The Comparative Irrelevance of State Law
There are a lot of different state laws that ban loli explicitly or else define it is a form of child pornography. However, there are no cases I’ve heard of where such laws have ever been used to actually prosecute someone. This is not to say that state law might not be problematic in the future, but while federal prosecutions are rare, state prosecutions have been non-existent. The exact reason is impossible to know, but it likely has a lot to do with the fact that state agencies and prosecutors have far fewer resources that the federal government. State law enforcement tends to operate on thin budgets and work long hours, and prosecuting someone for a loli flash game their wife found on their computer has obviously not been a priority. Anyway, being in a state where lolicon is also illegal under state law only has the effect of making the long odds of prosecution marginally greater. Unless and until some state starts a major push to enforce anti-lolicon laws, the main source of risk will be the federal PROTECT Act.
Everything above is based upon an assessment of the law today. It is entirely possible that the next judge to review the PROTECT Act will find it unconstitutional and start a new renaissance of lolicon in the United States. Until then, we are left with the terrible situation of lolicon being technically illegal under a law that is almost never enforced, such that once every few years one person out of the thousands of lolicon fans in the US is struck by proverbial lightning.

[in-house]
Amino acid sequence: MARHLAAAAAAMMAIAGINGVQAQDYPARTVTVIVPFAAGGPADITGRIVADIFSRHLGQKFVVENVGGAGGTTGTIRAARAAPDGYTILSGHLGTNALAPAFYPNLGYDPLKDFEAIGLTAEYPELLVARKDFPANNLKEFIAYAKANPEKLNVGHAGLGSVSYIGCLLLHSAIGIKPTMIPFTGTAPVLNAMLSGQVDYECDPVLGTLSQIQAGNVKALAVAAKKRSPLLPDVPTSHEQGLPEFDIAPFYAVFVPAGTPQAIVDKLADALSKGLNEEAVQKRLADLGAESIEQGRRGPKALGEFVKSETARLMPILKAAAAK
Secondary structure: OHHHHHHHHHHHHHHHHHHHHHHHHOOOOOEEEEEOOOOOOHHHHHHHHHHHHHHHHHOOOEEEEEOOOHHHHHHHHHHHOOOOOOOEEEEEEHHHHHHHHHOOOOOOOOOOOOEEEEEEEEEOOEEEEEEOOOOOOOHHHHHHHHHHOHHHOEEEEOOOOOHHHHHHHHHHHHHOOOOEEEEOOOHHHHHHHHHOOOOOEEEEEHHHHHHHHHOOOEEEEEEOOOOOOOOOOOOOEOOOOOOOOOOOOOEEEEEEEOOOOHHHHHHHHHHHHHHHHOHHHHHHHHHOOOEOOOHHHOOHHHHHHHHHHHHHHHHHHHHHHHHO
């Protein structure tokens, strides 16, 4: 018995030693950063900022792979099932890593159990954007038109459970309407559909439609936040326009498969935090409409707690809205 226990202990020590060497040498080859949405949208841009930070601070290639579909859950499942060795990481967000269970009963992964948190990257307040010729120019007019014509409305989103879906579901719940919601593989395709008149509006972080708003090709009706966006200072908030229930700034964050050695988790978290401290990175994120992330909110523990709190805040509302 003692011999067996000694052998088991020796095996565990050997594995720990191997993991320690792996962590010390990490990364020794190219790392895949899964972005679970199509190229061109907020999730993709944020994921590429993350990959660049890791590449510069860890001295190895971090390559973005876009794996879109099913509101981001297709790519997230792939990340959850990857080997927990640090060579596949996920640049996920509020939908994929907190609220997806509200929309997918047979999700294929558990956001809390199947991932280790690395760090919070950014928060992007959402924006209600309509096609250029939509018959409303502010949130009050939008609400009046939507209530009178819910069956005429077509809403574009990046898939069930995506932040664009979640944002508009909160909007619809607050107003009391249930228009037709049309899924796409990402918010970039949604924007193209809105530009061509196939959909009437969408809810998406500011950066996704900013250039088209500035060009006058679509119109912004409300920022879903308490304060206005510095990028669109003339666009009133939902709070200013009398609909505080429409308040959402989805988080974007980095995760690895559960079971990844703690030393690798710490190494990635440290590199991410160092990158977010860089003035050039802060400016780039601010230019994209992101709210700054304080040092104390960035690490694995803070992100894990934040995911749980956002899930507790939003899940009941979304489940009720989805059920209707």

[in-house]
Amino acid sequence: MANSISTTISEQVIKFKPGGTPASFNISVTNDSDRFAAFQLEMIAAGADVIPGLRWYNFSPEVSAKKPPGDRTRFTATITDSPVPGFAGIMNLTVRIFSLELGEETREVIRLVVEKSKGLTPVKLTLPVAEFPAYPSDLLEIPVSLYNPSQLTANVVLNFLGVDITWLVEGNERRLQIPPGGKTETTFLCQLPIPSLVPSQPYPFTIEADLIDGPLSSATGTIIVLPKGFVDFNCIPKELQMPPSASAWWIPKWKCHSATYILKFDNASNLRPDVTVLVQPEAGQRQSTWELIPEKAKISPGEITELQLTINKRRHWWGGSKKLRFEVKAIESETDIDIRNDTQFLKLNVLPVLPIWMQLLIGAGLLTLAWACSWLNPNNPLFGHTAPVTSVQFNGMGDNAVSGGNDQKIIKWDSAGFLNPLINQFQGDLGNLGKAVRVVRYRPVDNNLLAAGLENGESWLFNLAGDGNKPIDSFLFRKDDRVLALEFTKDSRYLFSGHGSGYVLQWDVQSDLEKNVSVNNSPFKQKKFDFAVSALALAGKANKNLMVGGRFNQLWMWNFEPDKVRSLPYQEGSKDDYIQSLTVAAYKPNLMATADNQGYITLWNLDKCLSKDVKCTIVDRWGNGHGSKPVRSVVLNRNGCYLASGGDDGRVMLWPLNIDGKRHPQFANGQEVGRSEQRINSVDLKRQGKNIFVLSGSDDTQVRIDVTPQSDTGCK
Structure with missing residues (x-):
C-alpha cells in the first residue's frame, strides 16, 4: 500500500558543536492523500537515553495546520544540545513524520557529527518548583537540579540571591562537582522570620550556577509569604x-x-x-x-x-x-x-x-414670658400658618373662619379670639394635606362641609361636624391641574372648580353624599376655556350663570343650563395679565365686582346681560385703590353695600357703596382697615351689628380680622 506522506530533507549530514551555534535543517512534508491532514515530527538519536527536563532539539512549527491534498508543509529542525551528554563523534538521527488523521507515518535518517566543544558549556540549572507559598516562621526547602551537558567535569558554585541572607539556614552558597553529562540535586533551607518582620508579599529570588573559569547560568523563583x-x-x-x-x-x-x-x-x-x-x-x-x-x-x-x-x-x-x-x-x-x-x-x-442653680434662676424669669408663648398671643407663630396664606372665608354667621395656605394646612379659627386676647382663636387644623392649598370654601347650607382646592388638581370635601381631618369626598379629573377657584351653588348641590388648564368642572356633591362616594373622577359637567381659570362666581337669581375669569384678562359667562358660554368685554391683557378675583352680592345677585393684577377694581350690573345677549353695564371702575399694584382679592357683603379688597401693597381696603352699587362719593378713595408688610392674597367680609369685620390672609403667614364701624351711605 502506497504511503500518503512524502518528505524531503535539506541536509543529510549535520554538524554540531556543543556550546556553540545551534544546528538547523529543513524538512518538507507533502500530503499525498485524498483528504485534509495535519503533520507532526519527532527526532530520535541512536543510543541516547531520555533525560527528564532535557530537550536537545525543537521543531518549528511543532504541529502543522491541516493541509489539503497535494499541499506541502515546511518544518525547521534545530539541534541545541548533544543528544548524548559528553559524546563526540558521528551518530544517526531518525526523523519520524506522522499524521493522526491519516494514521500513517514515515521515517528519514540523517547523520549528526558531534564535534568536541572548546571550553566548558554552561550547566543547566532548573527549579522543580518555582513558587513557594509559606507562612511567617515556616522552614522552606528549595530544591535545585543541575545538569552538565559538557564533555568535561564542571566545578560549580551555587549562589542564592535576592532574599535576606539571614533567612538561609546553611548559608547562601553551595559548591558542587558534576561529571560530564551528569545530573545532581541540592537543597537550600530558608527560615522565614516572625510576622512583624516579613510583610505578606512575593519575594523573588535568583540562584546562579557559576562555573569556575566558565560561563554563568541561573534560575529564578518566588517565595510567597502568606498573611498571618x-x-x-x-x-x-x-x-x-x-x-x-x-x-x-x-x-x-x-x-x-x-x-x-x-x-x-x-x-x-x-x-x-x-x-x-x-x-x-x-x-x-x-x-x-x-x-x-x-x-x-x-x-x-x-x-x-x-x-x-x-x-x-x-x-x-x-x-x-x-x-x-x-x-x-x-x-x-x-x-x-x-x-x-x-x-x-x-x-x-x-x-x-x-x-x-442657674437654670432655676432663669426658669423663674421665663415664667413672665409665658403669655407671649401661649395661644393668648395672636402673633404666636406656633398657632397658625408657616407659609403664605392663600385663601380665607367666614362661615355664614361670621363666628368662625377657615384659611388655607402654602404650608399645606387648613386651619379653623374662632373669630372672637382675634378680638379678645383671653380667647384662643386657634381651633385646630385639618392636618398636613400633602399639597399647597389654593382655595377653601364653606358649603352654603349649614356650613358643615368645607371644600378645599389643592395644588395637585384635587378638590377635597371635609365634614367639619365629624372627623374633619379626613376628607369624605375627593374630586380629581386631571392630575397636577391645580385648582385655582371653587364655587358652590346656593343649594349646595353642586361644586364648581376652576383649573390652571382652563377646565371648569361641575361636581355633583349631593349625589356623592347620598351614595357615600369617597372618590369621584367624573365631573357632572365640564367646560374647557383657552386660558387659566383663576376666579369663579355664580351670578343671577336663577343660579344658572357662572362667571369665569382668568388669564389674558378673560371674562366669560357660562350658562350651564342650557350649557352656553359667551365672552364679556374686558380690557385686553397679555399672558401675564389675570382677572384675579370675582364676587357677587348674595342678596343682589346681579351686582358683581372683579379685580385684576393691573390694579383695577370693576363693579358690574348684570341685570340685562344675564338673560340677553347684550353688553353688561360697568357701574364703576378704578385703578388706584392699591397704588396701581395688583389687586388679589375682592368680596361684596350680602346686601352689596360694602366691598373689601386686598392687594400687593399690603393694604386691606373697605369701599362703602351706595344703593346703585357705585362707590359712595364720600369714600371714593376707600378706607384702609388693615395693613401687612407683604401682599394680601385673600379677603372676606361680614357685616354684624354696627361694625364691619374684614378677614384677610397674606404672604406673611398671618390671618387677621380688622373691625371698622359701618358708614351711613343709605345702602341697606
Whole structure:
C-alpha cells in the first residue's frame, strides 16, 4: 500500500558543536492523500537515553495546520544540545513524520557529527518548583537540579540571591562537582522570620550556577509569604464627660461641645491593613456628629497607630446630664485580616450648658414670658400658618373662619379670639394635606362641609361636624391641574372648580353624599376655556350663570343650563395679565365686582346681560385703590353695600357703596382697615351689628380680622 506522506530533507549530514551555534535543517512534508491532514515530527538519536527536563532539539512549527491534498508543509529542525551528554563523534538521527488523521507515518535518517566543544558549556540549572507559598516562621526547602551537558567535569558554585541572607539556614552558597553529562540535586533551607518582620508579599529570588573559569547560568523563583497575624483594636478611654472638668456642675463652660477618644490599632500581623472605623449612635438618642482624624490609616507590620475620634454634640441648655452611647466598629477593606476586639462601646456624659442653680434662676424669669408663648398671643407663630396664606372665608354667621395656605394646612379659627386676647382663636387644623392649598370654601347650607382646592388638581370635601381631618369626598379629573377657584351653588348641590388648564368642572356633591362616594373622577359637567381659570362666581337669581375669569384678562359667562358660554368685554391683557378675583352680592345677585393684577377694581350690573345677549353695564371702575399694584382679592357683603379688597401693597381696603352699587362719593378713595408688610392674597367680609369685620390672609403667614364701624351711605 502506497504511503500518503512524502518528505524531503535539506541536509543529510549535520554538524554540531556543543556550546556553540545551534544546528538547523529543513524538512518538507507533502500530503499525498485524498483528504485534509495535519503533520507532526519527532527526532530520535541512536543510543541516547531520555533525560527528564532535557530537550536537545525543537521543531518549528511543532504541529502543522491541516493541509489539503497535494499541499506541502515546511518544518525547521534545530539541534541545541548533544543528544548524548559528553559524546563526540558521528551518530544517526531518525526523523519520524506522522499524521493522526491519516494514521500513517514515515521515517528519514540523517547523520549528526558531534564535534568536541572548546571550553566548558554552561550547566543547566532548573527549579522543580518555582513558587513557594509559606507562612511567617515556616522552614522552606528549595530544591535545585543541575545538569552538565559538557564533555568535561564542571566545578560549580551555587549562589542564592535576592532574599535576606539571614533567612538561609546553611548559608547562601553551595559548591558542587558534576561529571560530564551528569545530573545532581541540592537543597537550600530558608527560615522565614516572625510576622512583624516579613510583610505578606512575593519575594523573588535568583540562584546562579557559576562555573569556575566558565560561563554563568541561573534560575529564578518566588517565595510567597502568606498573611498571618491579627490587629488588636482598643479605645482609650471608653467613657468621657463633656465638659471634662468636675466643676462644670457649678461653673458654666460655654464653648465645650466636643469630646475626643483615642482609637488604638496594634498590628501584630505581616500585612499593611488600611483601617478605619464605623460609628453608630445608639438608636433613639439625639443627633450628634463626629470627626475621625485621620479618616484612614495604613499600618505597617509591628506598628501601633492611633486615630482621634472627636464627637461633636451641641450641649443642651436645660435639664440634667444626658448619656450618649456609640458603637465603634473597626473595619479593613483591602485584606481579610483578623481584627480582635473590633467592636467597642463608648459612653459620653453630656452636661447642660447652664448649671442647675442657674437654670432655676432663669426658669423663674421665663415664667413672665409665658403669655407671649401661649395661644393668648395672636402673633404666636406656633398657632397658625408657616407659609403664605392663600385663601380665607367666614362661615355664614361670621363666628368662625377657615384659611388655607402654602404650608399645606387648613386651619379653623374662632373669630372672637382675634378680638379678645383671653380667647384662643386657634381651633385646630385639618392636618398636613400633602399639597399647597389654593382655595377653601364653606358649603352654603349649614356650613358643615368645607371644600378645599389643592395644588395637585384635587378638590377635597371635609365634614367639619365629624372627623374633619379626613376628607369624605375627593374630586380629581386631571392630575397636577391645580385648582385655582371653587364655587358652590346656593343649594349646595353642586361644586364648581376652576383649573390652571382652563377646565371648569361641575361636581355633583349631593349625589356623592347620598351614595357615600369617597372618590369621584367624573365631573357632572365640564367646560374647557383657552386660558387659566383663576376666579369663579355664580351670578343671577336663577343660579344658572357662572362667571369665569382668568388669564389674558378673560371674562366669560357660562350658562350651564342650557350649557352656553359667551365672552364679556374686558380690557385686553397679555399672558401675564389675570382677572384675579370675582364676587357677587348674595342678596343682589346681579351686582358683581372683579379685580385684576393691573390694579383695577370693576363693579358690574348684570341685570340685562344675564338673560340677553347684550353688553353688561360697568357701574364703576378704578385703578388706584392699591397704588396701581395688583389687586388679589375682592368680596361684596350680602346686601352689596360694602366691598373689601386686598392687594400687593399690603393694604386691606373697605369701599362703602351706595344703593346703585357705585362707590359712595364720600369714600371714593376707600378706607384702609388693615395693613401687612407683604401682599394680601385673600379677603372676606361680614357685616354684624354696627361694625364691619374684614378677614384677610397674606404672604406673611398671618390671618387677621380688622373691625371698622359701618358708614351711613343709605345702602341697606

Nothing here is meant to be alarmist – as far as I know, there are no black vans of FBI agents on the prowl for purveyors of lolicon. However, there are a lot of people who buy or download lolicon content without understanding the risk. That risk – though small – is real. Each consumer bears the burden of deciding how much risk they will bear for products they want, and this hopefully provided information with which to better make those decisions.
TLDR; Loli is illegal in the United States, but most law enforcement doesn’t care about it. Though, you probably shouldn’t import hardcore loli material through customs.
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This article has received a number of comments claiming this law is no longer used or cannot be used, and so I have done additional research on other more recent criminal prosecutions that received less media attention: